You’re seriously considering purchasing an online business. And why wouldn’t you? After all, according to Shopify ,19.5% of sales will likely come from online purchases in 2021, up from 2019’s 13.6%. That’s a 45.8% increase in market share that shows no signs of slowing. In 2024, a projected 21.8% of sales will come from online sales. They’ll come from businesses like yours—if, of course, you choose to buy the right kind of business.
That’s what this post is all about. What should you look for when you’re buying an online business? If you want to be part of this mounting wave of retail transformation, what’s a good point of entry?
As a fractional CFO for ecommerce brands and agencies in the US, Canada, and the UK, I’ve considered these questions far more than most. In fact, I’ve considered them from the vantage point of a buyer; I acquired an ecommerce business in May 2021. Since then, I’ve turned down three more potential purchases because they didn’t fit the criteria I’ve put together.
That criteria is what I want to share with you now.
Criteria For Buying An Online Business
If an online business doesn’t meet these criteria, don’t pull the trigger.
1) High Gross Margins
Ideally gross margins should be 60% or above. Of course, acceptable profit margins vary across industries. But in ecommerce, they should be quite high—perhaps higher than you think. Margins under 50% will make it much harder to break even, especially taking into account the rising costs of customer acquisition.
2) A Large Email and SMS Customer Database
If the business relies exclusively on social media to drive sales, don’t bite. In the long run, social media followings are “owned” by the platforms on which they exist. Email and SMS are different; they’re the only way to cultivate a secure long-term relationship with your customers. And they quite simply work better for driving sales. Did you know that the click-through-rate for emails is 6x higher than for tweets?
3) Opportunities to Scale Up
You should see a few ways you can fulfill the potential of this business. For example, consider:
- Do they sell heavily in one region, and you think you can expand to others?
- Are they focused on one demographic, and you think you can expand to others?
- Do they sell one type of product (e.g., tops) and you think you can add others (e.g., bottoms, outerwear, shoes)?
- Could you improve the payment terms they have with key suppliers (instantly unlocking more cashflow)?
- Can you unlock new sales channels?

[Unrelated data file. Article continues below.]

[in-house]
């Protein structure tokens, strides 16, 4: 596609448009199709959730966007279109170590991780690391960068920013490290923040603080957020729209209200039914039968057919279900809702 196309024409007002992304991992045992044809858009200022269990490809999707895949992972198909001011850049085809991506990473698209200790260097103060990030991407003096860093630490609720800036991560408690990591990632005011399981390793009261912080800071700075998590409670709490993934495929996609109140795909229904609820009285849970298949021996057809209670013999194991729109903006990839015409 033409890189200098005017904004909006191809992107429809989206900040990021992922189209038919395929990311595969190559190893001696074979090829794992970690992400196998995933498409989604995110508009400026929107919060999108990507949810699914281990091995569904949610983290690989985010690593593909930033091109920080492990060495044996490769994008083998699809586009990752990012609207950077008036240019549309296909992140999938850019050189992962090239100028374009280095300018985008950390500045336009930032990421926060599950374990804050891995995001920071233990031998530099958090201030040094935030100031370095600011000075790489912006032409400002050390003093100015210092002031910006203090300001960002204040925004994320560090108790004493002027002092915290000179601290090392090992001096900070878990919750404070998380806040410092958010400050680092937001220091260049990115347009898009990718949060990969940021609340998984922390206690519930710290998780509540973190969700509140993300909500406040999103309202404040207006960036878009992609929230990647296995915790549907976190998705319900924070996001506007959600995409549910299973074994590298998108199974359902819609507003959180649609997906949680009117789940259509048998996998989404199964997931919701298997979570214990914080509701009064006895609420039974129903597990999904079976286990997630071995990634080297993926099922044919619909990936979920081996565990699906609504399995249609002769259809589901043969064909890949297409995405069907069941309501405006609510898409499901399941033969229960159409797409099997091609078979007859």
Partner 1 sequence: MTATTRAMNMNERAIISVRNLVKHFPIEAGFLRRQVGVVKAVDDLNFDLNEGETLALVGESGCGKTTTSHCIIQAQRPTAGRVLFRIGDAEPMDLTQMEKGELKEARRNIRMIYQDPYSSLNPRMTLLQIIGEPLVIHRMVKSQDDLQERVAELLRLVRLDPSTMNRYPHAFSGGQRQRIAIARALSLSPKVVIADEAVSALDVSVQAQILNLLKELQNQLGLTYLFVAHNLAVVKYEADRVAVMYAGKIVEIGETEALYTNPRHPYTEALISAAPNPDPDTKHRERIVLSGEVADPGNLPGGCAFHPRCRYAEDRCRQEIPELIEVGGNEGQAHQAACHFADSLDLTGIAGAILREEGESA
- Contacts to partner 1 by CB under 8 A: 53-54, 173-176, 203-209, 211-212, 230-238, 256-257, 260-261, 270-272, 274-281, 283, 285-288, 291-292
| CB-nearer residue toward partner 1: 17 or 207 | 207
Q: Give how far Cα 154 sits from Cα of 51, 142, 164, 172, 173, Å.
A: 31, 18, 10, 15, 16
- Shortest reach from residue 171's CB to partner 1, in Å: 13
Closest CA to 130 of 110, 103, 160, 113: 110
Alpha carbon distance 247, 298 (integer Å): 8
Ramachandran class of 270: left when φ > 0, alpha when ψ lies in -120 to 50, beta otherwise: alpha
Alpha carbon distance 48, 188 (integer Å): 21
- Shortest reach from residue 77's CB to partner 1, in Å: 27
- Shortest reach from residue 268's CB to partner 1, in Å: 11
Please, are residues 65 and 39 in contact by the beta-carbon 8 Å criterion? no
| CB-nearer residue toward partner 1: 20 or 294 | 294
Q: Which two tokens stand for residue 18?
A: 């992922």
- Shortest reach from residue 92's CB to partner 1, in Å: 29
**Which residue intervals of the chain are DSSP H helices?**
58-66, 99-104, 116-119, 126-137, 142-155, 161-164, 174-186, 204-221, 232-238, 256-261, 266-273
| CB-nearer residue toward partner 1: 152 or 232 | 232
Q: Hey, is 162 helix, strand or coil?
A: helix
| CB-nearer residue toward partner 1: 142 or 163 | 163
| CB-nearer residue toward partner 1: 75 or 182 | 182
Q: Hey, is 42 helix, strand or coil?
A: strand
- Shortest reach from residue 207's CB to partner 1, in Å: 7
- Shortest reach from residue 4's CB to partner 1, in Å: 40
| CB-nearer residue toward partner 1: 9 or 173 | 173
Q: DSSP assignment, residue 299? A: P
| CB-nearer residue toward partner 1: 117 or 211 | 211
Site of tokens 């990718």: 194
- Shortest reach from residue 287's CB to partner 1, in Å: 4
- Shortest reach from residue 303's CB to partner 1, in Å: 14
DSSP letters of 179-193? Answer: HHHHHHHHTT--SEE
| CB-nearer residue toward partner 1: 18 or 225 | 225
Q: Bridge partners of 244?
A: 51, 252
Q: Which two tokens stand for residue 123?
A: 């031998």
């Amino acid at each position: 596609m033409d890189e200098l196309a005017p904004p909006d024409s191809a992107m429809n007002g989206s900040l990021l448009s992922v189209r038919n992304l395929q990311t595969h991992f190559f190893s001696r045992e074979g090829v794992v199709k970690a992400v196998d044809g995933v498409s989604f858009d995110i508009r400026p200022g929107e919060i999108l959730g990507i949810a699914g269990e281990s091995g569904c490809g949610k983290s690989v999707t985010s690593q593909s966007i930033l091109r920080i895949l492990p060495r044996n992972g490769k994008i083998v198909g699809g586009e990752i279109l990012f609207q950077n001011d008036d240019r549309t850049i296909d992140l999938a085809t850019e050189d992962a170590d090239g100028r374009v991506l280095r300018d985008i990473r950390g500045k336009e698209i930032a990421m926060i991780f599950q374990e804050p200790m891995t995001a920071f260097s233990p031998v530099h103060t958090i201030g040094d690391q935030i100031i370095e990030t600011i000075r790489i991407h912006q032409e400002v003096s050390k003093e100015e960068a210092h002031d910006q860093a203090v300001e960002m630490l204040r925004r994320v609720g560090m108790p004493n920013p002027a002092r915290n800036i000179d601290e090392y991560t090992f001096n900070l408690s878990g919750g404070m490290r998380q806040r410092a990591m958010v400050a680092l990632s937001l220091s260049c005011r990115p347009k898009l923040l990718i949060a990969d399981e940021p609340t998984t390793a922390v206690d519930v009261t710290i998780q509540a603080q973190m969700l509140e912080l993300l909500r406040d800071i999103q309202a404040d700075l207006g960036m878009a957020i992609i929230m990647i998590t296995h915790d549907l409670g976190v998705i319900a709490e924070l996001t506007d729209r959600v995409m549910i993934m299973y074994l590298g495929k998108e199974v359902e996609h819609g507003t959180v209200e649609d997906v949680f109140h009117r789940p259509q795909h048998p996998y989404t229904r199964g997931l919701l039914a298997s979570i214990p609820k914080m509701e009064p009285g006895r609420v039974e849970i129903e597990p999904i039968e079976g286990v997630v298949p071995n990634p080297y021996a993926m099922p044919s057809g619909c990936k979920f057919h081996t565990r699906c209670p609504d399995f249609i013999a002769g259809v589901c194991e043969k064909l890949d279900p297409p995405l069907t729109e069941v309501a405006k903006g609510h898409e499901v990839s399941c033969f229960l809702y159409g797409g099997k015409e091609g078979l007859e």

4) High Customer Retention Rates
The average retention rate for an ecommerce business is around 30%. And a 5% increase in your retention rate can boost profits by 25% to 95%. So, 20% over the industry standard clearly positions you for success.
5) A Social Community
Social media alone can’t sustain an online business, but the importance of an engaged community can’t be disputed. After all, according to Refersion (and many other sources), “74% of consumers identify word of mouth as a key influence in the purchasing process.” So, does the community around this brand freely post about their purchases, complete online reviews, or give direct feedback to the company? Do they have a VIP group on Facebook? Or on an owned app?
The other great thing about an engaged community is that it provides a platform for product research. For example, one brand I work with puts a poll out to their community before every new drop to see which products will be most popular.
6) Good Customer Lifetime Value
The Customer Lifetime Value to Customer Acquisition Ratio (CLV:CAC) is a handy metric indicating the lifetime value of a customer versus the cost of acquiring said customer. 3:1 is the sweet spot. That’s because if you spend too much to acquire customers, you obviously won’t turn a good profit. But if you spend too little, it means you’re missing valuable customers whose lifetime value exceeds what you’re willing to invest.
Purchase The Online Business Based On Gut Instinct
Ecommerce is a fun and fast-growing industry. It’s easy (and appropriate) to get fired up about the possibilities. Following your gut and acquiring a business that solves the type of problems you want to solve will ensure your commitment and enjoyment. But securing one that meets the criteria I laid out will ensure overall sustainability and success.
I can say that with no small measure of confidence because I’m experiencing it firsthand. As I mentioned up top, in Q1 2021, I took the plunge and purchased an ecommerce apparel business along with a few partners. This business had all the “must haves” and one of the “nice to haves”.
In my direct experience, this is the right score for a prospective online business to have. It’s going exceptionally well, and I regularly feel grateful we made the purchase.
You deserve to feel the same way. Participating in an industry with such staggering momentum is a thrill. And it should stay fun. What’s more fun than sustained success?
So if you've taken the leap and committed to buying an online business, get in touch with us about a partnership with us here at Blend so that we can help you scale and grow your online store.